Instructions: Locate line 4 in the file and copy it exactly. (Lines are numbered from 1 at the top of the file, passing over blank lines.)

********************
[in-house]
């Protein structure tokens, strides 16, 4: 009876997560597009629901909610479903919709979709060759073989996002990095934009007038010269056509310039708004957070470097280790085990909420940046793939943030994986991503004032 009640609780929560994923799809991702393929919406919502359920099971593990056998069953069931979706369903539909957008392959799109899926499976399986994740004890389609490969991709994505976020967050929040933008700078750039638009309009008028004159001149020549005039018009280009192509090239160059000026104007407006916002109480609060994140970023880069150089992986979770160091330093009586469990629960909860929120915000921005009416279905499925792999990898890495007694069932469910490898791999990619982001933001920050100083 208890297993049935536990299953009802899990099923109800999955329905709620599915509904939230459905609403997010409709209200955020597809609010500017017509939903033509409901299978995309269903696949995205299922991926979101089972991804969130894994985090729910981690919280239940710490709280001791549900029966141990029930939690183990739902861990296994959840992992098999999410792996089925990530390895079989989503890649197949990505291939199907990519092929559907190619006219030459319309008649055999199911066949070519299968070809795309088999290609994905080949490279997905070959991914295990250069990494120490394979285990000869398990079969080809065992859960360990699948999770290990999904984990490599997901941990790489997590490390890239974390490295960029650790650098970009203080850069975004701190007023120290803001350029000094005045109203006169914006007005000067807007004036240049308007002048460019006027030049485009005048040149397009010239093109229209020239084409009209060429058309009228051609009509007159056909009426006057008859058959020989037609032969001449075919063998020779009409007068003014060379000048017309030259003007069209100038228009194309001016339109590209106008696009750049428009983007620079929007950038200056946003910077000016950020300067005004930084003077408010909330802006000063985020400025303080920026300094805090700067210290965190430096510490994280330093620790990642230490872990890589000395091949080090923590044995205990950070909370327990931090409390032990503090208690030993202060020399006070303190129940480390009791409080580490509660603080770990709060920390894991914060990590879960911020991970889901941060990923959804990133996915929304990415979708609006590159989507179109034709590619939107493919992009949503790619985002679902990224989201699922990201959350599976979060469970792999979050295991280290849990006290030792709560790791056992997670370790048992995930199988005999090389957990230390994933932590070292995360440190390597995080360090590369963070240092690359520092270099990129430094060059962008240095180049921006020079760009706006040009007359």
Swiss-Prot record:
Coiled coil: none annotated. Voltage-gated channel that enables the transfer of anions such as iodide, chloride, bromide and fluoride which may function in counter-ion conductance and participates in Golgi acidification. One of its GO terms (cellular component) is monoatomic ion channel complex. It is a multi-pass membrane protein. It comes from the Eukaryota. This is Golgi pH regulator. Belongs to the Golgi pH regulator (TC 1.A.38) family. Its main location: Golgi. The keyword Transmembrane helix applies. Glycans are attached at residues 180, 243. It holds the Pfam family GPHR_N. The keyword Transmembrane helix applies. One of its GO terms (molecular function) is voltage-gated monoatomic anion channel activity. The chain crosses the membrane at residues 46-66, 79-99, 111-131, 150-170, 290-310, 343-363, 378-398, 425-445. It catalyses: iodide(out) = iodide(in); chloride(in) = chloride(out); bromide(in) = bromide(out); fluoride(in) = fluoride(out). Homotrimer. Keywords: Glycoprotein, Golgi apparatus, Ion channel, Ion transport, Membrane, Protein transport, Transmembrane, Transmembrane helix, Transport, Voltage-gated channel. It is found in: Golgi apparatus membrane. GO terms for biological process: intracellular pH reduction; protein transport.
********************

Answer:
Coiled coil: none annotated. Voltage-gated channel that enables the transfer of anions such as iodide, chloride, bromide and fluoride which may function in counter-ion conductance and participates in Golgi acidification. One of its GO terms (cellular component) is monoatomic ion channel complex. It is a multi-pass membrane protein. It comes from the Eukaryota. This is Golgi pH regulator. Belongs to the Golgi pH regulator (TC 1.A.38) family. Its main location: Golgi. The keyword Transmembrane helix applies. Glycans are attached at residues 180, 243. It holds the Pfam family GPHR_N. The keyword Transmembrane helix applies. One of its GO terms (molecular function) is voltage-gated monoatomic anion channel activity. The chain crosses the membrane at residues 46-66, 79-99, 111-131, 150-170, 290-310, 343-363, 378-398, 425-445. It catalyses: iodide(out) = iodide(in); chloride(in) = chloride(out); bromide(in) = bromide(out); fluoride(in) = fluoride(out). Homotrimer. Keywords: Glycoprotein, Golgi apparatus, Ion channel, Ion transport, Membrane, Protein transport, Transmembrane, Transmembrane helix, Transport, Voltage-gated channel. It is found in: Golgi apparatus membrane. GO terms for biological process: intracellular pH reduction; protein transport.